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Illustration: Aïda Amer/Axios

If carmakers have any hope of making money on electric vehicles, they'll need to re-think how they design and sell them, a new McKinsey study suggests.

Why it matters: Automakers will pour $255 billion into EVs by 2023 but are resigned to losing money on them for the foreseeable future — an expected outcome of a market dictated by regulators and lawmakers, rather than consumers. But because they're key to future self-driving cars, they'll keep investing in them.

The big picture: Right now, electric vehicles are an expensive black hole for carmakers.

By the numbers: The high cost of rechargeable, typically lithium, batteries is the root of the problem.

  • EVs cost $12,000 more to build than comparable gasoline-powered models, McKinsey says.
  • The "payback period" for a $30,000 EV — how long it takes to recoup the higher price through savings on fuel and maintenance — is 5 to 6 years for a typical owner who drives 13,000 miles per year.

Yes, but: Most consumers aren't willing to pay more for an EV, so carmakers need to either swallow the extra cost or make them simpler — and cheaper — to build.

  • Instead of designing cars that can accommodate either an electric or gasoline powertrain, carmakers could save money in the long run by investing in a new, simpler EV platform with fewer parts.
  • But it's a big bet: a dedicated EV platform costs about $1 billion to develop. (Both GM and VW are doing so.)
  • Another problem is that today's EVs have either too little range (100 miles or less) or too much (300 miles) based on actual driving patterns. McKinsey suggests a 40 kWh battery with a 160-mile range would suit most drivers and shave $2,000 in cost.
  • Using more basic materials for things like electronics, seats and interior trims is another cost-saving tactic to make EVs more affordable. However, it's one of the oldest tricks in the industry, and consumers know when they are getting a lesser product.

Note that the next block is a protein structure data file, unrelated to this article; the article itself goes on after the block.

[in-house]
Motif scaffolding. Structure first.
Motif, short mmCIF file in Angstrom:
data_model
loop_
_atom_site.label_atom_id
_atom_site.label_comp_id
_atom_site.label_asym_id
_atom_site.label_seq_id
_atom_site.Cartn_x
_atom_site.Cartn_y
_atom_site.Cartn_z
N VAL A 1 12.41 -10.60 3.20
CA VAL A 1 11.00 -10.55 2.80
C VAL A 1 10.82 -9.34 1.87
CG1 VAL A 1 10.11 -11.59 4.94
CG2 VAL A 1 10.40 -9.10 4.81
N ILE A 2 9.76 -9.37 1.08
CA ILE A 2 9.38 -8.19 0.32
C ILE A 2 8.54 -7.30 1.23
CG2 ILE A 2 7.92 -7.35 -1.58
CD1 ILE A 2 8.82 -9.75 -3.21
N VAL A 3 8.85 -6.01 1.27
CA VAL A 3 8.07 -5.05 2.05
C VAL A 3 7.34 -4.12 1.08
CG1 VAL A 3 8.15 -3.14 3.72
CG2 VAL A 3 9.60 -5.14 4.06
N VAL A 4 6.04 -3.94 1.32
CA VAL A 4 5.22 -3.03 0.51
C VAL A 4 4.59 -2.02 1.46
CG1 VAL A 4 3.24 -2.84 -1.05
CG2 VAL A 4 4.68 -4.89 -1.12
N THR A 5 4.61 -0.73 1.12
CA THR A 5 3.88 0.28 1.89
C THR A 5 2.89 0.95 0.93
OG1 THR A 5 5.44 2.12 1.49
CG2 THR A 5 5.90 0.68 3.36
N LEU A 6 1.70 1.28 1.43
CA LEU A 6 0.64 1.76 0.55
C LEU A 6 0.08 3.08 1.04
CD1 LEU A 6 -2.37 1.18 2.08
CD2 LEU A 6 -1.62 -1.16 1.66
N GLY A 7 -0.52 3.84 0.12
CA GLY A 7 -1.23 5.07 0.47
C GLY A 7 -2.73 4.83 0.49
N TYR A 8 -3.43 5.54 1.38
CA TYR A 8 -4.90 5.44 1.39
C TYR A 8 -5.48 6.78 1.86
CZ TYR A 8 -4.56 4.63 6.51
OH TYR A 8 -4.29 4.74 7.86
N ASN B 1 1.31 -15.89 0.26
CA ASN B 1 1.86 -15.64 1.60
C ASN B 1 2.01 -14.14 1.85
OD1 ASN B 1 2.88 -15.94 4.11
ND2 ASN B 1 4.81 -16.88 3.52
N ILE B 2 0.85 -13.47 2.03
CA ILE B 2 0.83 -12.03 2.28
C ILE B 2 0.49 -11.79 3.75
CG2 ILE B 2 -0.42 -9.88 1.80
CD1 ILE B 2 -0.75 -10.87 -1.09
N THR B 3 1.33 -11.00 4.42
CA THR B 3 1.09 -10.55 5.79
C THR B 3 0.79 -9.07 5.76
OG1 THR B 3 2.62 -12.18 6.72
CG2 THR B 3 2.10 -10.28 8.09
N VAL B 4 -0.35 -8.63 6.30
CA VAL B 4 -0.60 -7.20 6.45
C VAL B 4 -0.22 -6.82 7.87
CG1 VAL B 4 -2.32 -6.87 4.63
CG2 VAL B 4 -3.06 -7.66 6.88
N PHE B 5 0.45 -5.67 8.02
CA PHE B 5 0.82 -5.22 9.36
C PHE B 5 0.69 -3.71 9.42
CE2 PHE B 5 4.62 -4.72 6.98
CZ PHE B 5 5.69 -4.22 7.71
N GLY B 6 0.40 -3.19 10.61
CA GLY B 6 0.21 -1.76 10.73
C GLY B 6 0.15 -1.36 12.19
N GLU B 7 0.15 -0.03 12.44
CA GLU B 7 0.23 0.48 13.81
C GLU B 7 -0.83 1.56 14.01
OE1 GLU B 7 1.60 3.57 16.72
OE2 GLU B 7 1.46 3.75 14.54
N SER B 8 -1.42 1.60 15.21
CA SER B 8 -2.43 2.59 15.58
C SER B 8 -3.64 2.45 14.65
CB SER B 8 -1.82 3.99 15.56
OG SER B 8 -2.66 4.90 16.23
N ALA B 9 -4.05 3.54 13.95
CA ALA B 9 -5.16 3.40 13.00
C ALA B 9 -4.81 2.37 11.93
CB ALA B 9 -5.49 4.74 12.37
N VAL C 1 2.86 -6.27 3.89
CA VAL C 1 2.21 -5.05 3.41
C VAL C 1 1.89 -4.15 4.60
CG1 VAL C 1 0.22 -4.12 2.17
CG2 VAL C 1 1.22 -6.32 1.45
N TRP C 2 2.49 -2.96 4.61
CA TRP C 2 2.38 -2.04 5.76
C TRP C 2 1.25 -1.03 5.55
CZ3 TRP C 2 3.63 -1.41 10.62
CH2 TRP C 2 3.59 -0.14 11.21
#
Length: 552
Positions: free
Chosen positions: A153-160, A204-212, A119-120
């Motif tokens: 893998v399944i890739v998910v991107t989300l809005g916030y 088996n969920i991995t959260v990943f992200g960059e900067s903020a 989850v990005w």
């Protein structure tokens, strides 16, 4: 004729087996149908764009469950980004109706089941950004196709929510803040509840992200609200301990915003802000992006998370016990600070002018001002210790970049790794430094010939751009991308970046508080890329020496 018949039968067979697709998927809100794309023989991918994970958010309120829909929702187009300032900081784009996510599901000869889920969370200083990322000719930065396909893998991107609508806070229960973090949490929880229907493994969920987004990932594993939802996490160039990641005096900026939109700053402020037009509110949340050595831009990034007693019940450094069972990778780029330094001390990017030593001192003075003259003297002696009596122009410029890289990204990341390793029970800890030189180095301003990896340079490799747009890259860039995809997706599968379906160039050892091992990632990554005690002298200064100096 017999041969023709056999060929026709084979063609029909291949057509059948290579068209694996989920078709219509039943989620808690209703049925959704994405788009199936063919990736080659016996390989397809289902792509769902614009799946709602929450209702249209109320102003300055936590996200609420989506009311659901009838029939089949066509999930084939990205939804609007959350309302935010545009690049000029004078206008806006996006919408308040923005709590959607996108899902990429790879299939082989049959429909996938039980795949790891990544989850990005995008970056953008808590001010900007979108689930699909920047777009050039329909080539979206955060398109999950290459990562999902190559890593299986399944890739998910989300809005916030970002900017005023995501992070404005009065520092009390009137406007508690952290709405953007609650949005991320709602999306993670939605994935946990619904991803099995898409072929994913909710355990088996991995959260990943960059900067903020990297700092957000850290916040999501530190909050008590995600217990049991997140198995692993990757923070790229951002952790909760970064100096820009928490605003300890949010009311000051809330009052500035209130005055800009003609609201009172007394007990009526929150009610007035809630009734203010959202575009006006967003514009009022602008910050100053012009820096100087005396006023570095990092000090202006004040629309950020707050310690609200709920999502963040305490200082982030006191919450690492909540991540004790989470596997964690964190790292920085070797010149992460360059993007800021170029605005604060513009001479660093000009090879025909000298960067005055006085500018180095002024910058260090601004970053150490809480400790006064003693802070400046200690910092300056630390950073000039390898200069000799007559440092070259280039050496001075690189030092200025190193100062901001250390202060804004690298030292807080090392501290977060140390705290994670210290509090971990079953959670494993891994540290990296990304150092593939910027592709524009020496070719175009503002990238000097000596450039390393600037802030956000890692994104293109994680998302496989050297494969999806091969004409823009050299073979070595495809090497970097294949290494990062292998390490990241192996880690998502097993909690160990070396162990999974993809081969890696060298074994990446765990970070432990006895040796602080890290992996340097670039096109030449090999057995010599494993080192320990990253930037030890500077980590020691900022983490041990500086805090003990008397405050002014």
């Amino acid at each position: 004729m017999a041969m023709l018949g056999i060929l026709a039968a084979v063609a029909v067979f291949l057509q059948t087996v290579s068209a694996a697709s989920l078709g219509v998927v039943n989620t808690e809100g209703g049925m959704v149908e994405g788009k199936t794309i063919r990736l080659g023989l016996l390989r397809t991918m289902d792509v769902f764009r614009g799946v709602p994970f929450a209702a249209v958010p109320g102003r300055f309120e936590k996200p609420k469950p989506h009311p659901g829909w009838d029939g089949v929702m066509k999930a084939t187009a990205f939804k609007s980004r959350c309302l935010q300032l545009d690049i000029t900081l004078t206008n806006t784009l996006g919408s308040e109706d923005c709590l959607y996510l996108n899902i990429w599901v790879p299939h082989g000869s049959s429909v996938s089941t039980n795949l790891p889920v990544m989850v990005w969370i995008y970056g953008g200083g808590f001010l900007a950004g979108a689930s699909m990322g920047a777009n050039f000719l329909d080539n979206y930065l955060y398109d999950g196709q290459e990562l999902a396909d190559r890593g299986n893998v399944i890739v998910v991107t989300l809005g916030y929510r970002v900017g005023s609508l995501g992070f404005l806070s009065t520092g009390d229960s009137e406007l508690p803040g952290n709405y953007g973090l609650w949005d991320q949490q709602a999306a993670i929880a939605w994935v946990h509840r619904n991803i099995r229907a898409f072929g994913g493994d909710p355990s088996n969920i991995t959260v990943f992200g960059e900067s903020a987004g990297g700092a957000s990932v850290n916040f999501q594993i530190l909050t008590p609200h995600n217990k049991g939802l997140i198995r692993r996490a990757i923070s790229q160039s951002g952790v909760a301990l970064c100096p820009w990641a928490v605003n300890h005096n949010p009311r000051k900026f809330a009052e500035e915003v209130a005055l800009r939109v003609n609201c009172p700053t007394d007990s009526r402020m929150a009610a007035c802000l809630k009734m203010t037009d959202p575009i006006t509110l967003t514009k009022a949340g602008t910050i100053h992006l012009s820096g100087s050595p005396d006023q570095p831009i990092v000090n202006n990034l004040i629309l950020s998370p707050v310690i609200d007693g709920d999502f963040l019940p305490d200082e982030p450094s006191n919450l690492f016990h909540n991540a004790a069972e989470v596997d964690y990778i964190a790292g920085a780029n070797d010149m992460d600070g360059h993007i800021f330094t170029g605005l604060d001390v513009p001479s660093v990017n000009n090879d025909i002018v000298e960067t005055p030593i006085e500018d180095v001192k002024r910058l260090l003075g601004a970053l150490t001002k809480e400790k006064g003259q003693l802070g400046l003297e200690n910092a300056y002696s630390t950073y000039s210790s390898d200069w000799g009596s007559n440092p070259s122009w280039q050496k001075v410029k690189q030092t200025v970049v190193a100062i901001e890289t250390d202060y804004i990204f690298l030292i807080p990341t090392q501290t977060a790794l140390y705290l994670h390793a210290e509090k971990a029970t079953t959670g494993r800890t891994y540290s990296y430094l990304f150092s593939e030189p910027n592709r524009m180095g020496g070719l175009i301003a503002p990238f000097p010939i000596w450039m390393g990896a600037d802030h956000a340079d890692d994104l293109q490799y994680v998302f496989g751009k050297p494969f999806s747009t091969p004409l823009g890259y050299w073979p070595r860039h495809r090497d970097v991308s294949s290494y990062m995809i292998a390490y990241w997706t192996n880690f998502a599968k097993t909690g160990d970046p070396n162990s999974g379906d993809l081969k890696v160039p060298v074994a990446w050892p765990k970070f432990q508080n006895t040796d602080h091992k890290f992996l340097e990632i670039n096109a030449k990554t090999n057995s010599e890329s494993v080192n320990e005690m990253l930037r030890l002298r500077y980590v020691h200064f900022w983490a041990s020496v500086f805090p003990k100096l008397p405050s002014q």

It's not all about cost-cutting. Targeting fleet customers with EVs or leasing batteries apart from the vehicles could stoke revenue and help carmakers crawl toward profitability, McKinsey says.

What to watch: Consumer attitudes are shifting, with more people indicating they would consider buying an electric vehicle. If so, that black hole might not be as deep as feared.

Go deeper: Debating the future of electric vehicles in oil country

Go deeper

Scoop: Inside the GOP's plan to retake the House

House Minority Leader Kevin McCarthy. Photo: Elijah Nouvelage/Bloomberg via Getty Images

House Republicans will reclaim their majority in 2022 by offering candidates who are women, minorities or veterans, a memo obtained by Axios says.

Why it matters: The document, drafted by a super PAC blessed by House Minority Leader Kevin McCarthy, names top Democrats to target — Jared Golden of Maine, Matt Cartwright of Pennsylvania and Ron Kind of Wisconsin — and the type of Republican candidates to beat them.

Scoop: Trump talked out of early Ohio endorsement

Jane Timken at a 2017 Trump rally. Photo: Kyle Mazza/NurPhoto via Getty Images

Donald Trump had to be talked out of making an early endorsement in Ohio's 2022 U.S. Senate race, a sign of his eagerness to reengage politically, people familiar with the conversations tell Axios.

What we're hearing: The former president discussed endorsing former state GOP chair Jane Timken last week during a meeting at Mar-a-Lago with RNC Chairwoman Ronna McDaniel, but top advisers — including Donald Trump Jr. — urged him to wait.

Scoop: Parscale launches super PAC

Brad Parscale. Photo: Tom Brenner/Getty Images

Former Trump campaign manager Brad Parscale has founded a new super PAC and sister advocacy group, public records show.

Why it matters: The groups will allow Parscale himself to back candidates aligned with Donald Trump ahead of the 2022 midterms. They could also be used to deploy his new political data firm and harvest vital voter information for other clients.